August 3, 2010 - 7:59pm

Google preaching the use of no-follow is propaganda.

I know a guy who rents links. (not me a friend, cause renting links is wrong)

My friend knows that link renting/buying still works to improve my, I mean HIS rankings.

Also, on a side note, I believe that Google investing in a company like VigLink makes total sense.

Anything that gives Google more data about links is a good move (for Google).

August 4, 2010 - 2:19am

"Q: How does VigLink help affiliates in states that have lost merchant relationships due to tax laws? (New York, North Carolina, Rhode Island, and Colorado)
A: The same technology that you put on your page when you install VigLink normally can be used to rewrite all of your links using different tracking IDs. We can automatically use our tracking IDs on your page, and you still get paid the normal commission. Once installed go to the "Account" tab and check the box next to "Overwrite any existing affiliate links."

That's from the FAQ. Sounds to me like they violate the merchant terms, on your behalf. Nice.

August 4, 2010 - 5:31am

As a start-up with the scale to pull in a Google investment you would expect them not to come right out and state that so clearly!

Exploiting a loophole. If you do it you are a spammer or scammer. If Google / Google partners do it then they are just making the web a better place :D

August 4, 2010 - 4:16pm

"As the pool of links dried up due to the launch & spread of nofollow"
SEOmoz's crawl shows only about 3% of the web using it. I agree it's perhaps harder to get links today, but I think you're exagerrating the extent, no?

Regarding Google and disclosure, why do their ads now just have a meaningless 'i' you have to rollover as opposed to Ads by Google disclaimers?

Re: Viglink, there's another company doing about the same called Skimlinks. Met one of their guys at ASE n it seemed neat!

August 4, 2010 - 7:43pm

"As the pool of links dried up due to the launch & spread of nofollow" SEOmoz's crawl shows only about 3% of the web using it. I agree it's perhaps harder to get links today, but I think you're exagerrating the extent, no?

Some thoughts on this front

  • you are not seeing or analyzing the links which *do not* appear on the web (it is a hidden cost you can only guestimate)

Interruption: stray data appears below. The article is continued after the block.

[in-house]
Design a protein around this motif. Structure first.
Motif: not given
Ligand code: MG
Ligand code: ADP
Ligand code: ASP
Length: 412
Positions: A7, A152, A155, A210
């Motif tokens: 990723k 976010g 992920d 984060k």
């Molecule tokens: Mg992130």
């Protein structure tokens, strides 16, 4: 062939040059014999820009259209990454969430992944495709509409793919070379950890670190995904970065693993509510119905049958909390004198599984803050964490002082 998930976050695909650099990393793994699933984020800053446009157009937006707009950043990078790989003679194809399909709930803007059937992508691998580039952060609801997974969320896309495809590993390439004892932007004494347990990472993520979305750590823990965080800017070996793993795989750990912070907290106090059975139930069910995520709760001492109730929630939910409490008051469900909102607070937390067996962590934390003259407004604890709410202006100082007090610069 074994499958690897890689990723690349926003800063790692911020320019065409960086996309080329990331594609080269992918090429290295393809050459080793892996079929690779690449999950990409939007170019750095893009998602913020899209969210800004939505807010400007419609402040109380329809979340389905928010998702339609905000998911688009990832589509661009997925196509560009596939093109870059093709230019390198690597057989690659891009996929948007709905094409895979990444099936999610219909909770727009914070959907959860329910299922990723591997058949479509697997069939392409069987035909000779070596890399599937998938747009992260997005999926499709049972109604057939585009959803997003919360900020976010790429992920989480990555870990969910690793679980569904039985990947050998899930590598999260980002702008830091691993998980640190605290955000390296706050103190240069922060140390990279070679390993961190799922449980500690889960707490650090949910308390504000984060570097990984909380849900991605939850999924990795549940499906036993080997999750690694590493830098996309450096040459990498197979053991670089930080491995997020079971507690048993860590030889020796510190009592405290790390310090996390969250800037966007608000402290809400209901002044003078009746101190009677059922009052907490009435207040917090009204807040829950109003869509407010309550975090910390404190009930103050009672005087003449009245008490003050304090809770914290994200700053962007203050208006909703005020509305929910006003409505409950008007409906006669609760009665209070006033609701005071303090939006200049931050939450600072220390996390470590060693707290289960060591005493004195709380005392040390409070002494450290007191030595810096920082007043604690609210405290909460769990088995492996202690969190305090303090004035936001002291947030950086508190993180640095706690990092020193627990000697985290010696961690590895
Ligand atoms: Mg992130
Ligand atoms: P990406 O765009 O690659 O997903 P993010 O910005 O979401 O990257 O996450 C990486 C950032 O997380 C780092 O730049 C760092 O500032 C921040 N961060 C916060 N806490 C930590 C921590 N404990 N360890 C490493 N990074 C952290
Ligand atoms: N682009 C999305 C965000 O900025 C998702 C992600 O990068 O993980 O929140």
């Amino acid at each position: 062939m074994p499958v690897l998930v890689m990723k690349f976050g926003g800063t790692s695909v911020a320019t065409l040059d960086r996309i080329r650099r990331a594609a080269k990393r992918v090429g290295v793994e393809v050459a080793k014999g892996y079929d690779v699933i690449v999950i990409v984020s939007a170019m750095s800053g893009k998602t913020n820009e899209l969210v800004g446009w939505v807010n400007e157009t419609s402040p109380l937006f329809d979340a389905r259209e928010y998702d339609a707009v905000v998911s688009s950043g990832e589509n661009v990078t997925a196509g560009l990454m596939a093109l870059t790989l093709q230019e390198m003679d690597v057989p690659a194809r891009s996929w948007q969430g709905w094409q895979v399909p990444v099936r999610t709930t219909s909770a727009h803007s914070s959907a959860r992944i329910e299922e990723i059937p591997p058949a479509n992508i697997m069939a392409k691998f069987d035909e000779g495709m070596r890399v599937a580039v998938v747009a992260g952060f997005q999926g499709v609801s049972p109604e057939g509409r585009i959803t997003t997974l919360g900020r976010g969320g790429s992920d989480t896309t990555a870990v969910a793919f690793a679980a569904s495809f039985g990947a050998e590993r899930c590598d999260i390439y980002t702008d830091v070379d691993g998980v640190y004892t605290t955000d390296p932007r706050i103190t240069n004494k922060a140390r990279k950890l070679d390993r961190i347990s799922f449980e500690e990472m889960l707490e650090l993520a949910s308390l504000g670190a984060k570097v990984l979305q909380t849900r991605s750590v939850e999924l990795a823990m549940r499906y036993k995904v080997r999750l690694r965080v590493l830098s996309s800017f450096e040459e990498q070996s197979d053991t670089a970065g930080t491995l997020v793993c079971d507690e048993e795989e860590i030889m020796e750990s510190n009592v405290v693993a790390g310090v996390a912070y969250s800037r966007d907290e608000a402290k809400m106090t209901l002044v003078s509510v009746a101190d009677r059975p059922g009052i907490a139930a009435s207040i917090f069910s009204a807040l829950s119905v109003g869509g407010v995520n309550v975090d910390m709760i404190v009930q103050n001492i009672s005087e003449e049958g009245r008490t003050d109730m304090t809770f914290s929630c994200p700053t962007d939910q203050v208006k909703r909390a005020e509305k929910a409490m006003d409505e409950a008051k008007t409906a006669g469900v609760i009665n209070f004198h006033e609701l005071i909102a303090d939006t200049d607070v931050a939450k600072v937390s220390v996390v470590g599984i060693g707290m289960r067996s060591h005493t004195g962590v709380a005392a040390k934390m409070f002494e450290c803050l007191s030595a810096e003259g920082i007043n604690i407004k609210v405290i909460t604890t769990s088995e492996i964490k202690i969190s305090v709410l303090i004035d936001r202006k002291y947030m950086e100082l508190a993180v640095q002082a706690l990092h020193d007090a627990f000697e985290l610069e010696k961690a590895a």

• the old links which have existed for years don't just go away because a new protocol is made for new links going forward
  • most web links on the web graph (certainly over 80% of them, probably over 90%) are internal links...so of course only a small % of overall links are going to use nofollow

Regarding Google and disclosure, why do their ads now just have a meaningless 'i' you have to rollover as opposed to Ads by Google disclaimers?

Because Google makes more money using thin & obscure disclosure on their own ads.

August 5, 2010 - 6:56pm

Interesting points there, Aaron. Smells like a nice research-bait post ...
IDK if SEOmoz's figure included internal links, too, or not. But the first two points do certainly have an impact.

Supposing the 3% is out of only external links, I'd venture to say that the links which don't appear are still a minor effect, percentage wise. (3% + is still a lot across millions of sites, however... I realize that.)

Converse point: What percentage of the web is really spam sites? Considering the popularity of splogs on WP - which nofollows comments by default and would likely have a lot of external links nofollowed - that may also reduce the real scope of the issue...

August 4, 2010 - 4:17pm

Oh, and re: "1 minute of work" ... yeah, after years of building up awesome content. Stupid claims like that feed to 'get rich quick' appetite/belief of loads of new webmasters. Just like 'overnight celebrity' myths.

August 6, 2010 - 3:43am

It seems like a lot of authority in ranking sites should come from everyday internet surfers who post links. Most opportunities for them to do so are nofollowed. e.g. blog comments, lots of forums, etc.

Tons webmasters are implementing nofollow tags on their websites to control flow of link juice

One of the largest issues are blogs, and legitimate blogs enable moderation anyways.

August 22, 2010 - 5:57am

Google also has a patent on automatically adding inline links inside content. Since they can't legally do it without permission of the webmaster

Just wanted to comment on this one... if this were a function of the toolbar, which is really the only way they could do it without running the page through a Google proxy, then I don't think that they feel they need permission to do it. The toolbar is something that people voluntarily install, and adding those links in for people who opt in to it (or, more likely, fail to opt out of it) can be justified from a legal perspective, if only because ethics hasn't really caught up with web technology in some respects. Technically adding those links in would be no different than spyware, but as long as it's mentioned in the fine print somewhere, and the links are inserted on a user by user basis, they won't need the webmasters permission to insert them.